They’re tearing down the Hyatt on Broad Street, so where a once mighty hotel stood will be an empty field. I know what you're saying, “ What does this have to do with weddings, music or djs?” Well it does. When the hotel was built in the 70’s it was the best hotel in the Richmond area and within it’s walls was the Lightfoot’s Lounge. Not the biggest but certainly the longest running next to Fanny’s at the Holiday Inn (now the Crowne Plaza). Oh, by the way how many remember the bubble dome on the side of the hotel.
During the Disco era you had to wait in lines to get in. Richmond’s answer to Studio 54. Lightfoot’s saw great bands like Leggs and Casper play and a number of DJs play in Lightfoot’s exclusive dj booth. Steve “The Beach” Leonard use to do beach music on Sunday nights to the sweet sounds of soul and Carolina shag. Lightfoot’s was a DJ’s delight as it was one of the few clubs that had a dj booth made just for the disc jockey to use. It had a piece of granite which the dj turntable sat on to help isolate any vibrations from dancing on the floor. There was the built in soundboard and controller to work the lights on the floor. A lot of thought went into that dj booth. Why is it important to me? It was my first commercial job as a dj. I loved that little club. Many a celebrity stayed there when in Richmond. I ran into the Carter family and June Carter one Saturday night as I took a break from playing music. If you ran into any celebrities at the Hyatt please comment below.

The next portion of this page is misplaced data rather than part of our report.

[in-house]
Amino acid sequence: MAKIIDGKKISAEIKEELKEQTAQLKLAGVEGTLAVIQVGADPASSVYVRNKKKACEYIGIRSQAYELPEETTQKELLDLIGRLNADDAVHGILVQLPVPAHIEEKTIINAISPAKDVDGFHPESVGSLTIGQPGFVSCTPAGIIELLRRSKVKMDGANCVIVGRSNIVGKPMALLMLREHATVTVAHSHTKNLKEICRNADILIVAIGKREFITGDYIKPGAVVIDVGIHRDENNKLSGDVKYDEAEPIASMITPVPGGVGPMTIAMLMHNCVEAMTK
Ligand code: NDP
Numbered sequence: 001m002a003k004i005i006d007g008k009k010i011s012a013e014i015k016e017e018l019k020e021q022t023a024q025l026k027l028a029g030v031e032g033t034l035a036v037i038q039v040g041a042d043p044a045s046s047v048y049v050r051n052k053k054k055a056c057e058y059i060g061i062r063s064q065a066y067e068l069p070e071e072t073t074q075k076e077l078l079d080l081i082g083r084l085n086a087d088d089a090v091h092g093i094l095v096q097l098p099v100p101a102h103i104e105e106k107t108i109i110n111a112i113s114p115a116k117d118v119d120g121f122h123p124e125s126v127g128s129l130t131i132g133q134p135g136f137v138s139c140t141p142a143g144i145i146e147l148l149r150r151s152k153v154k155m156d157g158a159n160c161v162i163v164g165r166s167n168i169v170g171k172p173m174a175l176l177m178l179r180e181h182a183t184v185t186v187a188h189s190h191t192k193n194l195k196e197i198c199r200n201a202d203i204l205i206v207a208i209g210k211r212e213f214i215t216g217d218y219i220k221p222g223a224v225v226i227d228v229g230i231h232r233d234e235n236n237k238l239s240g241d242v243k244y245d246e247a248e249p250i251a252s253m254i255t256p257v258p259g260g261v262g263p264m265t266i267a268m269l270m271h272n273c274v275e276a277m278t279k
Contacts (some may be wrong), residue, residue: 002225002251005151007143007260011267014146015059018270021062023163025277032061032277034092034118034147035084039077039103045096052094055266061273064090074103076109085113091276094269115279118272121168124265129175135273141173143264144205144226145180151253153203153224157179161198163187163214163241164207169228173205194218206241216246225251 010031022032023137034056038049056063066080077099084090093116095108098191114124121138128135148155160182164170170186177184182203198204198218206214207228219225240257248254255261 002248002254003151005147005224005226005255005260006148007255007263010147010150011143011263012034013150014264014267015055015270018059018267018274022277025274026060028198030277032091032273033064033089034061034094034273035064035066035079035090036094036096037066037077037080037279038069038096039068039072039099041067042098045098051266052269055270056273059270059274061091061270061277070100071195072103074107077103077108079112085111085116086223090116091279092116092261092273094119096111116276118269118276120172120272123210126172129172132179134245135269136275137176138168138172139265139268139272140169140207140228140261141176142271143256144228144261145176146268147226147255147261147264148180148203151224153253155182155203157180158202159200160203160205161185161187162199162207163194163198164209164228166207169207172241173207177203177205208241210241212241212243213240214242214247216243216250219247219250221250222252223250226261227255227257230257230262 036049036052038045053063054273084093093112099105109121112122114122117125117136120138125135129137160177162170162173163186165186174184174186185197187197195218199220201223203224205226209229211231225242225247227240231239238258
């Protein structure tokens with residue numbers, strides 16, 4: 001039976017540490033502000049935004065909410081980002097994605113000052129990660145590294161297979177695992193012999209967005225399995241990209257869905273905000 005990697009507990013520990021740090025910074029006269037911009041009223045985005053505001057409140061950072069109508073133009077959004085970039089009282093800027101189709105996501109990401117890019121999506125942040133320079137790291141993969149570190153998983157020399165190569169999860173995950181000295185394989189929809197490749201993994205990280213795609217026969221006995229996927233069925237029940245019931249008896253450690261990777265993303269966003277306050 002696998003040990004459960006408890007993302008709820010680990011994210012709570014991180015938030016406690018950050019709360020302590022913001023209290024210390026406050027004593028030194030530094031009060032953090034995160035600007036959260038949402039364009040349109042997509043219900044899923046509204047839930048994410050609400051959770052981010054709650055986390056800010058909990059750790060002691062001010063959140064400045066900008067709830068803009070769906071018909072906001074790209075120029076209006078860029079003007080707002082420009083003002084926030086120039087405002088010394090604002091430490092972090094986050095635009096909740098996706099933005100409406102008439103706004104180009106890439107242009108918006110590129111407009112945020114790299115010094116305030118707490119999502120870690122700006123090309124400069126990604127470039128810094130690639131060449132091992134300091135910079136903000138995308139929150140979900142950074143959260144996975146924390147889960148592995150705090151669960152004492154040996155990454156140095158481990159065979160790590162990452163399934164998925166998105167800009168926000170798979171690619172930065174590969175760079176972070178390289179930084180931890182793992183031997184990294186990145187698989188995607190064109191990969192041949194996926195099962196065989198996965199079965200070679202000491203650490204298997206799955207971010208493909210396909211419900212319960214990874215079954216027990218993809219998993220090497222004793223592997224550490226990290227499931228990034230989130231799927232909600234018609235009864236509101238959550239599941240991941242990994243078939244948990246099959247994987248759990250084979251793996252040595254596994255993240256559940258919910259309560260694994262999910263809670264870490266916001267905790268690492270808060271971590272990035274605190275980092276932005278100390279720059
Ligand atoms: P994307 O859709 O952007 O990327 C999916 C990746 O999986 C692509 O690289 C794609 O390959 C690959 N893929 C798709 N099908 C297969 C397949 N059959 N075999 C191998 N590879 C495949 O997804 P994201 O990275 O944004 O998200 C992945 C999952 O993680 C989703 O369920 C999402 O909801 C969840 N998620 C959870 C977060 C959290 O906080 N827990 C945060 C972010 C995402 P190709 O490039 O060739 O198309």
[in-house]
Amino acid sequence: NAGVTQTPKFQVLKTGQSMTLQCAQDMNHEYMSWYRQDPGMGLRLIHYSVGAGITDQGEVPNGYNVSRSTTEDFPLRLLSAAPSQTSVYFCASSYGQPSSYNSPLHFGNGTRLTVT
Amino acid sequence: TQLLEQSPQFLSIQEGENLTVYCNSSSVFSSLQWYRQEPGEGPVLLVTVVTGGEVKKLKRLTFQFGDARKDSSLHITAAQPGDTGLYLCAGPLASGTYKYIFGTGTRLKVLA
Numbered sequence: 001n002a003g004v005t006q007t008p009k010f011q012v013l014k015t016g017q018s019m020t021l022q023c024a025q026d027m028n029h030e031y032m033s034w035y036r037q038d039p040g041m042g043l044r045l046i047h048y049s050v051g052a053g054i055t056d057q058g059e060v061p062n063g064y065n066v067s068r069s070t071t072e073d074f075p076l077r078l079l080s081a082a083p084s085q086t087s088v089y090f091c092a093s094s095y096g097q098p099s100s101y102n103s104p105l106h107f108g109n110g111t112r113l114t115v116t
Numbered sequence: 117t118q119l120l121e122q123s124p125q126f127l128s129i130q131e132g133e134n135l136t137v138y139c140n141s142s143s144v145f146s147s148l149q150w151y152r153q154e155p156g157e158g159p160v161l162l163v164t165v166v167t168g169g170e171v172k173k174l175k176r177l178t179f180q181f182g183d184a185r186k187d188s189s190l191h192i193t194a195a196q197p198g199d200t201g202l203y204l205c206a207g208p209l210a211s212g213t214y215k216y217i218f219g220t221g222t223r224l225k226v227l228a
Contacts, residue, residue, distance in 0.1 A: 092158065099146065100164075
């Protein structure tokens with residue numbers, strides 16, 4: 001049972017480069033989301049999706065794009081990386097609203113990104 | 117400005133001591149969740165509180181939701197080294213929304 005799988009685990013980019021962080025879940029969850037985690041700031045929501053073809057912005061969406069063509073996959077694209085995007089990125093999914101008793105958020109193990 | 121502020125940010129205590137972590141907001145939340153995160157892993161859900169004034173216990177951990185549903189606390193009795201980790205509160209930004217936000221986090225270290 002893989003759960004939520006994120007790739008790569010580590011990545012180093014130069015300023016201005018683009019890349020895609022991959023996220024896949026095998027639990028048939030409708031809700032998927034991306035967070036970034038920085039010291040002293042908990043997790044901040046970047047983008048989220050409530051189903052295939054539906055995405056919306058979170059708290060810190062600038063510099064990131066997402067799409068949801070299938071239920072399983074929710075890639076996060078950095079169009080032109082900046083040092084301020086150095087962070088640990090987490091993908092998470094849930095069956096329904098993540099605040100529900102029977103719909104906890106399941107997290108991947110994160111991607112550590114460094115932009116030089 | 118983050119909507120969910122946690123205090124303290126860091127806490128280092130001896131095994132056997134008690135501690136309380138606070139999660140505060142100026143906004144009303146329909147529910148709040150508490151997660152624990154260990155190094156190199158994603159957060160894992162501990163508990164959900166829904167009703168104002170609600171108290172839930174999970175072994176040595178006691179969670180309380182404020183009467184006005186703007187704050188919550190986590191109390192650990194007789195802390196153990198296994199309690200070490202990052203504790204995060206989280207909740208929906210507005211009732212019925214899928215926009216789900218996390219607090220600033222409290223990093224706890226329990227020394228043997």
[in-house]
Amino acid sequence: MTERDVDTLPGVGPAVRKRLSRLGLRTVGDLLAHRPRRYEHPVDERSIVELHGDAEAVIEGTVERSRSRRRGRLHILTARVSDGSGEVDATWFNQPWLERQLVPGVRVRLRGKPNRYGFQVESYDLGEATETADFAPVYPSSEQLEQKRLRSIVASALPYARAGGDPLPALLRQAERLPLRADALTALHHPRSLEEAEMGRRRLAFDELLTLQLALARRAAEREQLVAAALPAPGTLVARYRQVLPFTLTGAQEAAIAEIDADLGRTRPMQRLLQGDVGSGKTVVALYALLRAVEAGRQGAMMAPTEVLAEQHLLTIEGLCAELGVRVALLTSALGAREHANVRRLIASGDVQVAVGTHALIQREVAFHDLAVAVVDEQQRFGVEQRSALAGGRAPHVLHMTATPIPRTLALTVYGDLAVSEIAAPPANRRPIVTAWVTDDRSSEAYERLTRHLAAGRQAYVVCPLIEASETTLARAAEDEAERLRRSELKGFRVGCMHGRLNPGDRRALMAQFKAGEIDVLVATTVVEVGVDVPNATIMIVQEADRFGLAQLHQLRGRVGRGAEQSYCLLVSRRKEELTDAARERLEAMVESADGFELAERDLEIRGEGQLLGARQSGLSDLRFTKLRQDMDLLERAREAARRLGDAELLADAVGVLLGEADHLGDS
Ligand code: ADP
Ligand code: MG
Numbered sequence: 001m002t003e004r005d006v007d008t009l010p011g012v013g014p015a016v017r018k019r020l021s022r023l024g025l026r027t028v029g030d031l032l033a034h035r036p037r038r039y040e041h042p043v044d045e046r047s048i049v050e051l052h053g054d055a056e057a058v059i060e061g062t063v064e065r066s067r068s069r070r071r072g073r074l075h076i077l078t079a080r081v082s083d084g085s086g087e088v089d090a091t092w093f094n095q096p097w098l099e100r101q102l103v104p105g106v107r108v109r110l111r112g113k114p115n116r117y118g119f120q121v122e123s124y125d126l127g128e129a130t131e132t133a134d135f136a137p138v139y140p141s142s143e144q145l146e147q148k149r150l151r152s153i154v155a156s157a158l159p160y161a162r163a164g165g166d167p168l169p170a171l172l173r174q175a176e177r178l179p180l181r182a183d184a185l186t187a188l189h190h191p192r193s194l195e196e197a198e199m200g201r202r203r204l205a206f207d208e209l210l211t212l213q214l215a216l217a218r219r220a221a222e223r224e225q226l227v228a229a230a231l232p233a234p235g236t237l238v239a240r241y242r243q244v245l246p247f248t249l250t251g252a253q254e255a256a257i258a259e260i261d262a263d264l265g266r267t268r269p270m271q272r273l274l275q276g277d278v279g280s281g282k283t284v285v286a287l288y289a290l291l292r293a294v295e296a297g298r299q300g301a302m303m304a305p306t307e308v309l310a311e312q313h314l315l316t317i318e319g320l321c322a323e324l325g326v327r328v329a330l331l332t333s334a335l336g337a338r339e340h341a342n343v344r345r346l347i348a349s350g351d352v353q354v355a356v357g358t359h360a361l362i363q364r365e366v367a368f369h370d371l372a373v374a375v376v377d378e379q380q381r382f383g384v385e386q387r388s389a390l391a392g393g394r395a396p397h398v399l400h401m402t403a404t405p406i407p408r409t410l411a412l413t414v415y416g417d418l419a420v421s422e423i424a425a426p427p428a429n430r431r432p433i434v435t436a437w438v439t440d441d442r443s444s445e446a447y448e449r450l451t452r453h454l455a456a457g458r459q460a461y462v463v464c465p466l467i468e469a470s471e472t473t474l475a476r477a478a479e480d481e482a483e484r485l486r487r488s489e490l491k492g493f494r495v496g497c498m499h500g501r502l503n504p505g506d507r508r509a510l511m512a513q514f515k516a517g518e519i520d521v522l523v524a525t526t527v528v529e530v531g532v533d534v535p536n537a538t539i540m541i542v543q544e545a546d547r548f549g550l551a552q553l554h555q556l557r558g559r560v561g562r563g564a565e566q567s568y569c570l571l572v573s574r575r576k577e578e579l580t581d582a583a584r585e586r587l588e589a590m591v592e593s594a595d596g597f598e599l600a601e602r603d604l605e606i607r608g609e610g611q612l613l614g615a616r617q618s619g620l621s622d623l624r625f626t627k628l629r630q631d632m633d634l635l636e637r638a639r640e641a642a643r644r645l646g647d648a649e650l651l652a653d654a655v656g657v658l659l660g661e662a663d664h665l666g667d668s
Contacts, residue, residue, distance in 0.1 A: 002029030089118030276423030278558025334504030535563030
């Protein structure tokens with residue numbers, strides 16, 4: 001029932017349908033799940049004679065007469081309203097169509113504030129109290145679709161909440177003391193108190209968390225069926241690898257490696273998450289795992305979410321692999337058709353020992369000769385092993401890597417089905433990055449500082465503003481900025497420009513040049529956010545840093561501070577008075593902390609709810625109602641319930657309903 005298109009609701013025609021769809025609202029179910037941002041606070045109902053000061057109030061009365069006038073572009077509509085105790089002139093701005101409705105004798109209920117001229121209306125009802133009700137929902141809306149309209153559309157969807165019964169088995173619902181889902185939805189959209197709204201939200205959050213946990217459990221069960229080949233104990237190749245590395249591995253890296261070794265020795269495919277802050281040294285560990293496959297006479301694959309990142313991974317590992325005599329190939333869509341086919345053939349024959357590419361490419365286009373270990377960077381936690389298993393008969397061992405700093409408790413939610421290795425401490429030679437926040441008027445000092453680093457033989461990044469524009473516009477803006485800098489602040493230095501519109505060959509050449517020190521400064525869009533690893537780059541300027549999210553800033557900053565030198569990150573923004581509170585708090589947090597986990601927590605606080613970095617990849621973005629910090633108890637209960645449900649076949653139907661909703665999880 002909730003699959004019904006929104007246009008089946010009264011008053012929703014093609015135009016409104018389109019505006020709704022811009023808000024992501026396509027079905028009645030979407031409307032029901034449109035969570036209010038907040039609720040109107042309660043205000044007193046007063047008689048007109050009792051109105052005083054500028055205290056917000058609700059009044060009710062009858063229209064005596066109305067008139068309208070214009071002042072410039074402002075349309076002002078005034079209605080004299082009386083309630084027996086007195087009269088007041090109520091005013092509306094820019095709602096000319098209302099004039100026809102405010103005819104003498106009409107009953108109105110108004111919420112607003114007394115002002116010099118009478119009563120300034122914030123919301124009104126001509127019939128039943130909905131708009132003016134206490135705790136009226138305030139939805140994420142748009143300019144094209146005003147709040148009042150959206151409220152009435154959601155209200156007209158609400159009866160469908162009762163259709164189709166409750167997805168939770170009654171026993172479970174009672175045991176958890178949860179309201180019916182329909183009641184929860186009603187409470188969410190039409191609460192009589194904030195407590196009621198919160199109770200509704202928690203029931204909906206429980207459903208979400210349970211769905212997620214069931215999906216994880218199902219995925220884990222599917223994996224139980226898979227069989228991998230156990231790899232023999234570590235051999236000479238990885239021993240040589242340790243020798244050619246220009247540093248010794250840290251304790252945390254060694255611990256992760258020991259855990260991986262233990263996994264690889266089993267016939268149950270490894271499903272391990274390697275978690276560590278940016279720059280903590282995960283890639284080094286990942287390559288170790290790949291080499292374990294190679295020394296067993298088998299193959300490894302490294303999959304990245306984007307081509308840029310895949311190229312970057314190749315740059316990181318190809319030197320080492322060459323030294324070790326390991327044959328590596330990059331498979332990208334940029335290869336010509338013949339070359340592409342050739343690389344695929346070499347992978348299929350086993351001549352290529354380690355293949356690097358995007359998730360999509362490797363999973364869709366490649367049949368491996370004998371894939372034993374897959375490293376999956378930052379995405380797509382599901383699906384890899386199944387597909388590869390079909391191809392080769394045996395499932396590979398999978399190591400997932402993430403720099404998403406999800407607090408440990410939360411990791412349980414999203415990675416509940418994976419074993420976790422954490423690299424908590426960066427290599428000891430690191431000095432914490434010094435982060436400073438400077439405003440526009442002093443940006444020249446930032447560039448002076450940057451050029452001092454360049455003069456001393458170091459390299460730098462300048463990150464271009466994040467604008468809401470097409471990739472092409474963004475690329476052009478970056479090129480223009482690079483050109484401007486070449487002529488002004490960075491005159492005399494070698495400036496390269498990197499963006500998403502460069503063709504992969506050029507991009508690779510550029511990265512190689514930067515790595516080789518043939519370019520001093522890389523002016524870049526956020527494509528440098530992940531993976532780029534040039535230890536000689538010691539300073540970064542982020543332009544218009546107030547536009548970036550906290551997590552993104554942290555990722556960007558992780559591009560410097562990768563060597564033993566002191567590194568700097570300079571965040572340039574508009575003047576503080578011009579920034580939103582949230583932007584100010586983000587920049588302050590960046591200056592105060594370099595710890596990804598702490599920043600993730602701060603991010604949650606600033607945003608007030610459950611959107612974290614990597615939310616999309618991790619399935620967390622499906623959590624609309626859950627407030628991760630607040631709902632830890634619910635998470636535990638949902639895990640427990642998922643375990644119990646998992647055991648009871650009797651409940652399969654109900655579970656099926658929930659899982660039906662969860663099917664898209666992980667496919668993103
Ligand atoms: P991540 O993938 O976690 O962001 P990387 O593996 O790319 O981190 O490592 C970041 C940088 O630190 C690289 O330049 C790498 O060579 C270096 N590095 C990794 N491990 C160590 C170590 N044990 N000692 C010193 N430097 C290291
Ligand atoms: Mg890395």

The hotel had too many weddings and events to mention and Disc Jockey Services was fortunate to do one of the last wedding receptions in their big ballroom and one of the last events before it closed in the restaurant. Ironically it was Tucker High School Class Reunion of 1966. How many remember the group of people who did the annual Christmas dance under the name, ‘The Party Of The First Part.” That party has been going on for over 30 plus years and it was held for several years at the Hyatt sans Sheraton, sans Ramada Plaza. You remember a place for the good memories that it holds for you.
Does this make the Hyatt a landmark, not if you compare it to the John Marshall, Jefferson or the William Byrd (now a retirement home) it doesn’t have the architecture or the long history of these hotels but it had it’s first as a high-end suburban hotel. It was the place to stay in it’s hey day. A place to go for Sunday brunch with fresh squeezed orange juice and the Sunday New York Times given to you. I shall miss its ballroom, its banquet rooms, the weddings and events I played there as I honed my skills as a disc jockey. I think it is sad whenever you see an old friend go.